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BMW X5 no longer the UK’s most stolen car

The BMW X5 is no longer the most stolen car in the UK, according to data from vehicle recovery experts Tracker.

Of the £12.5 million pounds worth of cars recovered by Tracker in 2015, the BMW X5 was second in the top 10, ending its six-year reign at the top. Replacing it is the Range Rover Sport, thanks to a mix of performance and desirability.

Third place went to another Range Rover, this time the Vogue, which is a step below the Autobiography trim level. Worldwide popularity has no doubt made it a favourite among car thieves.

Fourth place is the Mercedes-Benz C220, which is an extremely popular car in the UK and considerably more plentiful than its C63 AMG brute of a cousin.

It seems thieves love a bit of 3 Series action, too, even though many of them lack a badge so it’s hard to tell if they are the cheaper 218d model or a pricier 335i. Thieves are happy taking the risk, though.

Then we come to the aforementioned C63 AMG, which in its latest form retains the 63 name (a loose reference to its old 6.2-litre engine) but now has a 4.0-litre twin-turbo V8 that is more efficient and more powerful.

Yet another BMW, this time it’s the 5 Series. It may have been out of the top 10 list since 2009 but revisions to the car and a new M5 model have no doubt flagged it up on the radar of people who would rather steal than pay for one, helping it secure seventh place.

In keeping with German performance cars, eighth place goes to the Audi RS4, which has managed to stay in the list since 2014. The mix of practicality and a 4.2-litre V8 no doubt a big part of why it gets targeted so often.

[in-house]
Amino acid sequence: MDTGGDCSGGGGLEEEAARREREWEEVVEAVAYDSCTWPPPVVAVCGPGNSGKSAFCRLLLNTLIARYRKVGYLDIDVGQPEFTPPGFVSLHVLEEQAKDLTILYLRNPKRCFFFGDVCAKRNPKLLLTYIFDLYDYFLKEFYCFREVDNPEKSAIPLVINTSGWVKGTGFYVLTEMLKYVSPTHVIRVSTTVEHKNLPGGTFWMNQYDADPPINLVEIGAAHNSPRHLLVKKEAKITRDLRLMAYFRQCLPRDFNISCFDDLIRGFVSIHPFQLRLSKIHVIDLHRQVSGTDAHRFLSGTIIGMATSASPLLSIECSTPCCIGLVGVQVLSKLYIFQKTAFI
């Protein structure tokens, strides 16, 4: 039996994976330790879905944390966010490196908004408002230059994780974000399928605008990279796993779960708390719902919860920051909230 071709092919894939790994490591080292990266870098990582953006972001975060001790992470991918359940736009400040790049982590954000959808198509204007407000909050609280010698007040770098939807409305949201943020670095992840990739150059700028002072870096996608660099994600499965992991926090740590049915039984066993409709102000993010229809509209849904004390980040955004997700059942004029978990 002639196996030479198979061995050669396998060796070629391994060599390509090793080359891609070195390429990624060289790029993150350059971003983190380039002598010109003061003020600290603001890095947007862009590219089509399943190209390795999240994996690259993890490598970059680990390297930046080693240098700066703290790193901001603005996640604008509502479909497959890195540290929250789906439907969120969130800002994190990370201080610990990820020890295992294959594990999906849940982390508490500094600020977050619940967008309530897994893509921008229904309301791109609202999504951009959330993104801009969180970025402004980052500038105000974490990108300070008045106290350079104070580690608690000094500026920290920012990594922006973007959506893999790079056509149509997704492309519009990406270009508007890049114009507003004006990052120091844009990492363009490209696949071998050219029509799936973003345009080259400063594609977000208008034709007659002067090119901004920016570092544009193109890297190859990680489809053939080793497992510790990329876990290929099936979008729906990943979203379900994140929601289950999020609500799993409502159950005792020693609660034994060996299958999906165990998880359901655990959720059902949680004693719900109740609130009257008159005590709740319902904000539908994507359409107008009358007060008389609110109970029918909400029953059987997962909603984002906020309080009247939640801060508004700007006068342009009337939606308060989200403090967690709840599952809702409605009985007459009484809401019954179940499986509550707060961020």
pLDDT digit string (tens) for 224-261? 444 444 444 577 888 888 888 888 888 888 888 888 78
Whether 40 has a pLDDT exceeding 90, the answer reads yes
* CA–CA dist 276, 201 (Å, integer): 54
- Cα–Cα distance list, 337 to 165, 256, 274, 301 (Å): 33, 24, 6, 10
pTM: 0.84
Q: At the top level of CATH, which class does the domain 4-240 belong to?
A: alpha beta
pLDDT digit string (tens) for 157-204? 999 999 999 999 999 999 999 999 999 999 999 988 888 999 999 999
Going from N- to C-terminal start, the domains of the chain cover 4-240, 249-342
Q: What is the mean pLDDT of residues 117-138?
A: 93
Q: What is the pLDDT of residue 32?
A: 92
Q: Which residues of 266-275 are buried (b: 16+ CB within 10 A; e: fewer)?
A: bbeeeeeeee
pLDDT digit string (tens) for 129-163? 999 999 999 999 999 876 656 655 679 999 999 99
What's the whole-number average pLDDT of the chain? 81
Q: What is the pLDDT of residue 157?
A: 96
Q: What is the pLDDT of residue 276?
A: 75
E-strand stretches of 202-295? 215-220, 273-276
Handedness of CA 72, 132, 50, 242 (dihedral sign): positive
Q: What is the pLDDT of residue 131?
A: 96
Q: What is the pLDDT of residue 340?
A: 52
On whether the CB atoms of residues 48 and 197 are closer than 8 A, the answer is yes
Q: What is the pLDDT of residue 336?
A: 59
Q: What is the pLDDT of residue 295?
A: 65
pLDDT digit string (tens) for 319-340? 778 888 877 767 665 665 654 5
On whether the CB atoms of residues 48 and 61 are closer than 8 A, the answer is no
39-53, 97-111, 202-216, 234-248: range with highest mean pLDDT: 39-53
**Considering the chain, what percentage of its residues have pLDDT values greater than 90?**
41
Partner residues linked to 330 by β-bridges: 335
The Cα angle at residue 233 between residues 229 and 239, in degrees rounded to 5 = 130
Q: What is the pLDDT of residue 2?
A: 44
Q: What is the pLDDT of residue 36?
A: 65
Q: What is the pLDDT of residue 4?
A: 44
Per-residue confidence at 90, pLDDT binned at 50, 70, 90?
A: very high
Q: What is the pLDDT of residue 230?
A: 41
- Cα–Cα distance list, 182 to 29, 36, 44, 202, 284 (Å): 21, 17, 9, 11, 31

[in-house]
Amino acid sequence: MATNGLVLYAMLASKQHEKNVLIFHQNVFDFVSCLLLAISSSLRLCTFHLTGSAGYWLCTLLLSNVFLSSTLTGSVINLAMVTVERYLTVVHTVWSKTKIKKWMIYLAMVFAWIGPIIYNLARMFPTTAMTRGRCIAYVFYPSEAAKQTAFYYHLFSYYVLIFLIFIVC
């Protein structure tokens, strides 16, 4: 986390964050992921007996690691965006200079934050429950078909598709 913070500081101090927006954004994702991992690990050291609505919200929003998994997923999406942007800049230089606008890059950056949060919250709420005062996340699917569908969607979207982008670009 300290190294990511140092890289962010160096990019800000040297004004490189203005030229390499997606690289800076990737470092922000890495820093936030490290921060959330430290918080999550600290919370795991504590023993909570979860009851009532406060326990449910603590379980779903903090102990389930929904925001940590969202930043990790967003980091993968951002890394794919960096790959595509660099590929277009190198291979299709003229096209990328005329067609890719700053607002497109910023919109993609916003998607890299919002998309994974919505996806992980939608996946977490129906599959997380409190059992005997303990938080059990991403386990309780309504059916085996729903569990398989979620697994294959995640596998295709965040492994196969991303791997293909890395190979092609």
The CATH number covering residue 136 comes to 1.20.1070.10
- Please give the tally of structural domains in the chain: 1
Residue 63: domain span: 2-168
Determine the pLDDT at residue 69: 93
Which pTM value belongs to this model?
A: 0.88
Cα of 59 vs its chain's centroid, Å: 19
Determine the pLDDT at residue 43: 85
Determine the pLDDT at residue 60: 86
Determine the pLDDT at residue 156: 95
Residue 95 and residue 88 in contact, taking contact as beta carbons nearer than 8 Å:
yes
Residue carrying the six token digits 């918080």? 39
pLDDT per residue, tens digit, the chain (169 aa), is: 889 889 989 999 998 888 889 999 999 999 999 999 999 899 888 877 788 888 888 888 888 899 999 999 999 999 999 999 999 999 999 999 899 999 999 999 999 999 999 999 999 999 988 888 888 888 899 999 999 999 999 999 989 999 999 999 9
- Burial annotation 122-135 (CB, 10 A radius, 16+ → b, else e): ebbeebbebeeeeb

Rounding out the list in ninth is the Range Rover Autobiography, the top-flight version of the sports utility vehicle, followed by the Audi Q7, another bulky family wagon that can go offroad.

Of the top ten most stolen cars in the UK, eight were German. 44 per cent of Land Rover thefts included manipulating the keyless entry system, highlighting the fact thieves can use technology to avoid brute force.

Tracker also looked at where the most car thefts happen. Leicestershire and Lancaster came in 10th, Merseyside in ninth, Hertfordshire in eighth, West Yorkshire in seventh and the London commuter belt of Surrey in sixth.

Kent, meanwhile, took fifth place honours (presumably because thieves have a shorter drive to take stolen cars to be shipped around the world), Essex came in fourth, West Midlands in third and Greater Manchester in second place.

So which area was the hottest for car thefts, according to the Tracker data? Greater London, of course, where Range Rovers are the most popular cars to half-inch.

Tracker advised a number of ways to help keep your car in your hands, including the use of a steering wheel lock, keeping your keys out of sight, always having the car doors locked when driving to keep carjackers at bay and hiding valuables when out of the vehicle.

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